WHAT IS THE READING VIADUCT?
The Reading Viaduct Project is dedicated to the preservation and remediation of The Reading Viaduct as a public open green space; to the creation of a unique elevated linear park to be used by residents of and visitors to the Greater Philadelphia area.
The Viaduct, which carried trains into Center City for almost 100 years, is an elevated train track that transects diverse and rapidly redeveloping neighborhoods just north of the traditional boundary of Center City. Although seen by some as a blight, a redeveloped Viaduct will act as a magnet for residential and commercial development in the surrounding neighborhoods. Adaptive reuse of the Viaduct, in conjunction with ongoing investment and renovation in the surrounding neighborhoods, will both preserve and rejuvenate the former industrial heart of the City, while generating additional economic development and tax revenue for the City and Commonwealth.
Built in the 1890s, the Viaduct is a combination of embankment sections, bridged by steel structures and arched masonry bridges, that runs 10 blocks through the Callowhill and Chinatown North neighborhoods, from Vine Street to Fairmount Avenue. Reading Railroad commuter trains used the 4.7-acre, mile-long Viaduct to access the Reading Headhouse Terminal at 12th and Market Street (currently the Grand Hall of the Pennsylvania Convention Center). Service on the Viaduct was discontinued in 1984, when the Center City commuter tunnel was opened. Today the Viaduct’s four elevated tracks have been overtaken by grasses and trees. It’s two branches offer spectacular views of immediate neighborhoods and the Philadelphia skyline. In 2003, local residents formed The Reading Viaduct Project for the purpose of advocating for the transformation of the Viaduct into an elevated linear park, in conjunction with the ongoing redevelopment of the surrounding neighborhoods.
The Viaduct, with its 2 branches, is literally a bridge connecting several diverse communities. Beginning at Vine Street, between 11th and 12th, the Viaduct flows north from Chinatown to Callowhill Street where it branches to the west and northeast. The late 19th and early 20th Century industrial buildings that dot the landscape of this neighborhood (former automobile, bicycle, shoe, glass and balloon factories, to name a few), have attracted new investment, commercial development, and ever increasing numbers of new residents to the post-industrial landscape. The northeast leg continues to 915 Spring Garden Street (the former Reading Company Building, which has been successfully redeveloped into fully-occupied artists’ studios), and into the West Poplar and Brandywine East neighborhoods, reaching toward rapidly redeveloping Northern Liberties. This leg ends at the 800 block of Fairmount Avenue. The western leg begins at Callowhill Street, sloping down to street level at 13th and Noble, and leads directly to North Broad Street. Here, the Viaduct would add an exciting amenity to the rebirth of the northern section of the Avenue of the Arts.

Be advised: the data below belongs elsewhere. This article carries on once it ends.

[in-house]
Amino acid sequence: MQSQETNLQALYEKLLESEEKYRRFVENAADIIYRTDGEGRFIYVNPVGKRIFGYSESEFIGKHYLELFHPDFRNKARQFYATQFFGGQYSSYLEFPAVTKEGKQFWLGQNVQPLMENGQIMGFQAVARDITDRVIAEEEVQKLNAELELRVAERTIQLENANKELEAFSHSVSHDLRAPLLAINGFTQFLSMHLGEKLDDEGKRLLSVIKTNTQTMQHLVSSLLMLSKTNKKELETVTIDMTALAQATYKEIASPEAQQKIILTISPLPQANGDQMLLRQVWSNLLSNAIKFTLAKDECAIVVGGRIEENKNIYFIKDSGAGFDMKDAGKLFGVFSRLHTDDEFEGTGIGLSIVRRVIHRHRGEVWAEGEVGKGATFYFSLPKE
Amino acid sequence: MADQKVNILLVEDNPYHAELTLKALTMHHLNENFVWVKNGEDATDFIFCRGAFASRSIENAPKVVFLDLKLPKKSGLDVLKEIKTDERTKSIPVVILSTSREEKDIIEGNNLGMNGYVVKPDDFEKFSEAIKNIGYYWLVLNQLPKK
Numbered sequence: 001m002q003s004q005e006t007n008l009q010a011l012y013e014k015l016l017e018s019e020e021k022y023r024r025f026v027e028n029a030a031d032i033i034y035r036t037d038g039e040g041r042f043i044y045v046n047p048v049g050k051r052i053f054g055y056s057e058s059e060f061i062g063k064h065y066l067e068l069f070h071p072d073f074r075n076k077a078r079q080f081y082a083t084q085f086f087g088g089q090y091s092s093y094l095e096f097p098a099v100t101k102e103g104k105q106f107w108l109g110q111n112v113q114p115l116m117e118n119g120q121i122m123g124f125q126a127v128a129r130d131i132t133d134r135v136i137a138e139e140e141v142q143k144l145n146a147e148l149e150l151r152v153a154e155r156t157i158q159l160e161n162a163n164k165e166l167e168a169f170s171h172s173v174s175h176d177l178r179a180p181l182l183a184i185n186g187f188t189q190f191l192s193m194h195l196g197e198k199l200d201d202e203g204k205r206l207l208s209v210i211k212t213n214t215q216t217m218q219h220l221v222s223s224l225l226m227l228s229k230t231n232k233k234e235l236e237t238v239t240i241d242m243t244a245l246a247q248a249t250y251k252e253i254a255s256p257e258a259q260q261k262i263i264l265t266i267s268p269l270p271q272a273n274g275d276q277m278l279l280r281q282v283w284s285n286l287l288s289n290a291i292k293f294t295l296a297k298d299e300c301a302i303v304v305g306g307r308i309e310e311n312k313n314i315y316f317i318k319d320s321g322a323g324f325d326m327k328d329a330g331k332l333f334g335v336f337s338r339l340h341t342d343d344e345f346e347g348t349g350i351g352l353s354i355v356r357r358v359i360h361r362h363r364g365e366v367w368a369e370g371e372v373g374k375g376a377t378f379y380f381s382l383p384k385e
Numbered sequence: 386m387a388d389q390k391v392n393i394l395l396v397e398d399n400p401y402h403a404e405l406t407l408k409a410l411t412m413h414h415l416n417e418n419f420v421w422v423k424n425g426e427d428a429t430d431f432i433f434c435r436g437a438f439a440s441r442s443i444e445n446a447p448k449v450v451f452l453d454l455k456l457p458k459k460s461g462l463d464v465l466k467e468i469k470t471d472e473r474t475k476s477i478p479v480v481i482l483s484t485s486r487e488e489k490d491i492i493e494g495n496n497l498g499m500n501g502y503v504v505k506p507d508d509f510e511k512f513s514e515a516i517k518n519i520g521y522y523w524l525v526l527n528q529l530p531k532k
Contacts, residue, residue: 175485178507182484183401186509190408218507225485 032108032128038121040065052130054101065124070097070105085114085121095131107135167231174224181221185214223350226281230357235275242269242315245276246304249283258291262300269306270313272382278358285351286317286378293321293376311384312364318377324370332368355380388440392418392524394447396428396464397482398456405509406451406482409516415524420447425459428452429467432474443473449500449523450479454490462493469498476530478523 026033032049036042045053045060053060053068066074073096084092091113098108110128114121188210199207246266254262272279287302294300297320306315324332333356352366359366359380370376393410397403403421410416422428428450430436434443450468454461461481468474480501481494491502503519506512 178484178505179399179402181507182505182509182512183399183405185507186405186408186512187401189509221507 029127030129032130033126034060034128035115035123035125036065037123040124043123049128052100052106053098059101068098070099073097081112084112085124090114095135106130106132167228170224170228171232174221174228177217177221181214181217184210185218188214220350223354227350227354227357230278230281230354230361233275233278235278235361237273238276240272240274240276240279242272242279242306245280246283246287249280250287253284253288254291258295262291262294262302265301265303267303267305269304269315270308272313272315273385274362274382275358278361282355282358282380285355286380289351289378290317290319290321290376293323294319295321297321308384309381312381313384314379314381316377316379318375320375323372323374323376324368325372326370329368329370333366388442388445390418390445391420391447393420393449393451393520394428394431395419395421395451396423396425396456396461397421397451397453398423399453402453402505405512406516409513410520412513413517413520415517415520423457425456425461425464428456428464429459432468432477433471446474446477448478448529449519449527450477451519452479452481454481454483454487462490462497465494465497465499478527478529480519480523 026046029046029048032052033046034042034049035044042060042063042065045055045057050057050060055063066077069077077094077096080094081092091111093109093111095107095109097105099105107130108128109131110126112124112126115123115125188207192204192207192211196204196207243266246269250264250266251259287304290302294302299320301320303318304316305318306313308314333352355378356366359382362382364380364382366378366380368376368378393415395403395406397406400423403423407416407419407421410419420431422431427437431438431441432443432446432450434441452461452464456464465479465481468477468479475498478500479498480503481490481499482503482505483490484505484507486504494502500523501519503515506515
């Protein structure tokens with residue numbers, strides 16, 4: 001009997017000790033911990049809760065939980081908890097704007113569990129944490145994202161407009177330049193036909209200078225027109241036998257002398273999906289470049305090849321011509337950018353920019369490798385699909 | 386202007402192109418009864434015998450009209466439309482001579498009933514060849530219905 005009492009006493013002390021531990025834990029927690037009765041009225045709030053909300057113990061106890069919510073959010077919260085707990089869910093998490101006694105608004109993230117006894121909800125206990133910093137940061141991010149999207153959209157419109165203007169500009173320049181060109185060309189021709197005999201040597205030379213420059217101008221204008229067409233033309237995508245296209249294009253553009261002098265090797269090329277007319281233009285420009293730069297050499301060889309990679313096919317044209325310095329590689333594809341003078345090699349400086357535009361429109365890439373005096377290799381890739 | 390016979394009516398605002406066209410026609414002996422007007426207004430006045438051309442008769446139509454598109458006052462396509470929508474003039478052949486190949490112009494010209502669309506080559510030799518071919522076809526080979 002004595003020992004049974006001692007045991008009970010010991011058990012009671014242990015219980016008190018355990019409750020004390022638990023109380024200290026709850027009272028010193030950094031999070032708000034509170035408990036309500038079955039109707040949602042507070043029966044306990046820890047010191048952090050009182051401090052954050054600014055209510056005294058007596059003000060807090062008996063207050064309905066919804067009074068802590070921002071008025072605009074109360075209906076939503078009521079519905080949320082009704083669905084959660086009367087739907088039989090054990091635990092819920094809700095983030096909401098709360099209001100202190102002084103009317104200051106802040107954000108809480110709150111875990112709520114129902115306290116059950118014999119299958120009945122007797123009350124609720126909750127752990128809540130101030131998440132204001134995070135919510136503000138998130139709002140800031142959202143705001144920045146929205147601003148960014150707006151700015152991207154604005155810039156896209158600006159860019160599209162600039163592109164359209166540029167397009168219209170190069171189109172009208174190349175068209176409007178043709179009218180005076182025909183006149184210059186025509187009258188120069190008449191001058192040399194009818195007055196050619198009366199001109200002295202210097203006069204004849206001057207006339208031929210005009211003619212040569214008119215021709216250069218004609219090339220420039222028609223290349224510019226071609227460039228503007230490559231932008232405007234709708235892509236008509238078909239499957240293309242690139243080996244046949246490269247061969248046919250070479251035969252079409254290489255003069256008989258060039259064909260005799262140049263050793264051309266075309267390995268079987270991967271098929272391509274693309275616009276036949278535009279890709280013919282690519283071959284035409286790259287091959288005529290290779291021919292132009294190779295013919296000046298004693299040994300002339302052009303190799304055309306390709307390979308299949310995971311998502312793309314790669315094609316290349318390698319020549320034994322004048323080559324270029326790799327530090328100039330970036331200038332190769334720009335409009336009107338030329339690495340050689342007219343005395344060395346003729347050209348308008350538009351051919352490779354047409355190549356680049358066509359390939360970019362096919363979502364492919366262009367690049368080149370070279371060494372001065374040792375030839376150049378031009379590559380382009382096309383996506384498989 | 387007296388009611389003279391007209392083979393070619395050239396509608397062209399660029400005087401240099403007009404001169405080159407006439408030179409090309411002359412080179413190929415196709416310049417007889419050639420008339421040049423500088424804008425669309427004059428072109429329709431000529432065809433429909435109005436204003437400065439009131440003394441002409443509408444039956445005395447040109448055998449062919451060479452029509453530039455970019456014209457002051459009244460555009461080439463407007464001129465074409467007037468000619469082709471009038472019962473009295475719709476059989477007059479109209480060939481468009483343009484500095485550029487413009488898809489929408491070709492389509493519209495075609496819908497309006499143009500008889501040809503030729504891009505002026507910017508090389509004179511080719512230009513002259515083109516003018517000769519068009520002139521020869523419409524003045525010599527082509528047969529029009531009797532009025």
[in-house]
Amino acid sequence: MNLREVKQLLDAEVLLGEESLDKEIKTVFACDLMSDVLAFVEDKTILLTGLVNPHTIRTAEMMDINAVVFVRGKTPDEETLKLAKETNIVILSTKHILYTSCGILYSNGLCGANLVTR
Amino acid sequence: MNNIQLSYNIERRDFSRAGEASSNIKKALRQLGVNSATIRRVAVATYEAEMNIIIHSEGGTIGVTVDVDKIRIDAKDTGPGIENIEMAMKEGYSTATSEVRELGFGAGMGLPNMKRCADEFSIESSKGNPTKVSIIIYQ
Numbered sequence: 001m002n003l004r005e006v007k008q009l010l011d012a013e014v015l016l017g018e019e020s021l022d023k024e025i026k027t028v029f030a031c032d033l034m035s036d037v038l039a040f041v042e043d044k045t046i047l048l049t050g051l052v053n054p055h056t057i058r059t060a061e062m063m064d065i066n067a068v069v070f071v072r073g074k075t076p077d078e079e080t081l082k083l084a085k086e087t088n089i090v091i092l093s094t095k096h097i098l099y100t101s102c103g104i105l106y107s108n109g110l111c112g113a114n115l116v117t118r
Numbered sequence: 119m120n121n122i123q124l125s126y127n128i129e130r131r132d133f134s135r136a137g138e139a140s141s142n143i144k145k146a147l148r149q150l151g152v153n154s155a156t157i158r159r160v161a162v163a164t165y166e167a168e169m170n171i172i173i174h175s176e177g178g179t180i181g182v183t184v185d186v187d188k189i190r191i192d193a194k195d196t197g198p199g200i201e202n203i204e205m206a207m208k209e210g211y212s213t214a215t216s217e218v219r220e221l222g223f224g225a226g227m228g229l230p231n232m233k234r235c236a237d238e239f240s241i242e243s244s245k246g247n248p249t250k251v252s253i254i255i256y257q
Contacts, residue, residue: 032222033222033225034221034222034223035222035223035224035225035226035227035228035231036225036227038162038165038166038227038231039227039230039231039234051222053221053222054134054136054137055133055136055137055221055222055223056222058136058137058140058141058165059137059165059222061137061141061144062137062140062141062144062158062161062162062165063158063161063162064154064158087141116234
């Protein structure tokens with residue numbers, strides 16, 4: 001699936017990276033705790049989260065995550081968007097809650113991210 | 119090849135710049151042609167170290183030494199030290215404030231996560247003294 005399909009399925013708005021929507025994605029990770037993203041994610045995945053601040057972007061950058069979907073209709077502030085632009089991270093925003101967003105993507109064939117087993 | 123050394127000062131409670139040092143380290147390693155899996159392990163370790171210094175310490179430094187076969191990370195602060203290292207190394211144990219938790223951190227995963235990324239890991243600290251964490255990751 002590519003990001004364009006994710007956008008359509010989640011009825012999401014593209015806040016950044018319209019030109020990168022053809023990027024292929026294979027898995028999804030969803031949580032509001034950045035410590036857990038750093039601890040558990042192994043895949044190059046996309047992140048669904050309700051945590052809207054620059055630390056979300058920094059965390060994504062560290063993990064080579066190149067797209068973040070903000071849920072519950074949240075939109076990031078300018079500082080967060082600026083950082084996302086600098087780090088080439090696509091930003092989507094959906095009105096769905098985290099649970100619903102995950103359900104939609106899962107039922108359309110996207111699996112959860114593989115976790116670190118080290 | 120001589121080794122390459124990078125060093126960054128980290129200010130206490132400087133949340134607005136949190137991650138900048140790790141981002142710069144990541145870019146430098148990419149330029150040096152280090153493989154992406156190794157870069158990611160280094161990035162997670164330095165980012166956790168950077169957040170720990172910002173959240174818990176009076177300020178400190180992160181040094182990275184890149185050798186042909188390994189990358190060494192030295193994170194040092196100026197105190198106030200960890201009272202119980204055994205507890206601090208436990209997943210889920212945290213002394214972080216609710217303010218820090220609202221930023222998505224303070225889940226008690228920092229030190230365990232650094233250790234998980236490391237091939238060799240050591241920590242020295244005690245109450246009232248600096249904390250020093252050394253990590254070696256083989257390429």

As a reclaimed public space, the Reading Viaduct will successfully bring together economically and culturally diverse communities, generate economic development, and provide a catalyst for the redevelopment of this section of North Philadelphia. Similar projects in Paris, France (the Promenade Planteé) and in New York City (the Chelsea High Line) have contributed to the rebirth of surrounding neighborhoods and initiated economic development booms. In New York, for example, redevelopment of the High Line has generated an immense amount of public interest, sparking proposals for over 10 high-rise residential buildings along its path. As in Paris and New York, a new recreational amenity in this section of Philadelphia will result in additional economic investment and development.
In 2003, the City of Philadelphia obtained a grant to fund a study of alternatives for the development of the Viaduct. The study analyzed the cost to demolish the Viaduct compared to the cost of reclaiming the Viaduct for use as a linear park. Conducted by Urban Engineers, the study concluded that the estimated cost to demolish the Viaduct was almost 10 times greater than the cost to address existing environmental concerns and redevelop the structure into a park. Development as a park and recreational pathway, including landscaping, benches, access ramps and staircases, was estimated to cost $5.1 million, whereas demolition of the structure was estimated to cost between $35.5 million and $51.2 million.
The Reading Viaduct Project is seeking the support of State and local officials and government agencies for its vision of a redeveloped Viaduct. We are also actively exploring partnerships with private developers who share in our vision of the adaptive reuse of the Viaduct as a catalyst for continued residential and commercial development of the surrounding neighborhoods.
**Reading Viaduct Project (RVP) is in no way connected with the Reading Company, owners of the Viaduct.